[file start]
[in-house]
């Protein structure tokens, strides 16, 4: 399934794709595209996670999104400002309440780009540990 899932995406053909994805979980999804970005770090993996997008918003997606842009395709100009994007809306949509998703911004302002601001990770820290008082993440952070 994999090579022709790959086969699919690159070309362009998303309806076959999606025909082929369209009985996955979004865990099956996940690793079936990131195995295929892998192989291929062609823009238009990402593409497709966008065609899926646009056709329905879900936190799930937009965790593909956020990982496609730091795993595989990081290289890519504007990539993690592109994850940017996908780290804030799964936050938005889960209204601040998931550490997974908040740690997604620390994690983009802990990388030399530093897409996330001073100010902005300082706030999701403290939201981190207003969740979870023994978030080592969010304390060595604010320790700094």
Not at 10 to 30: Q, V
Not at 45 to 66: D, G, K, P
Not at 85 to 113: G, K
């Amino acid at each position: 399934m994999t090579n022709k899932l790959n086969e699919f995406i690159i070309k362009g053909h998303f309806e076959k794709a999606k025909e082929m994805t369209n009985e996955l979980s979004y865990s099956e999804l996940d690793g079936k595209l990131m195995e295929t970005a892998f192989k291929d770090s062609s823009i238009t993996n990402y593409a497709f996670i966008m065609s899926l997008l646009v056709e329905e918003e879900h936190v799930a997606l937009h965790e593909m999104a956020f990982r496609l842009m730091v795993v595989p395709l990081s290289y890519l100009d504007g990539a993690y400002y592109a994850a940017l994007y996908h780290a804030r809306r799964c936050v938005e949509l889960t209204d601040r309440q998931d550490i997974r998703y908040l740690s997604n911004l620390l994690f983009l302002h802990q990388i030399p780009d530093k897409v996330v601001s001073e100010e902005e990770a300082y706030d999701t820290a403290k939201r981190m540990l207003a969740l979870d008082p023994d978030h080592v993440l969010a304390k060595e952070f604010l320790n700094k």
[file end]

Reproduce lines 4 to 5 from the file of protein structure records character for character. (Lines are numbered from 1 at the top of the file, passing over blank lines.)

Not at 45 to 66: D, G, K, P
Not at 85 to 113: G, K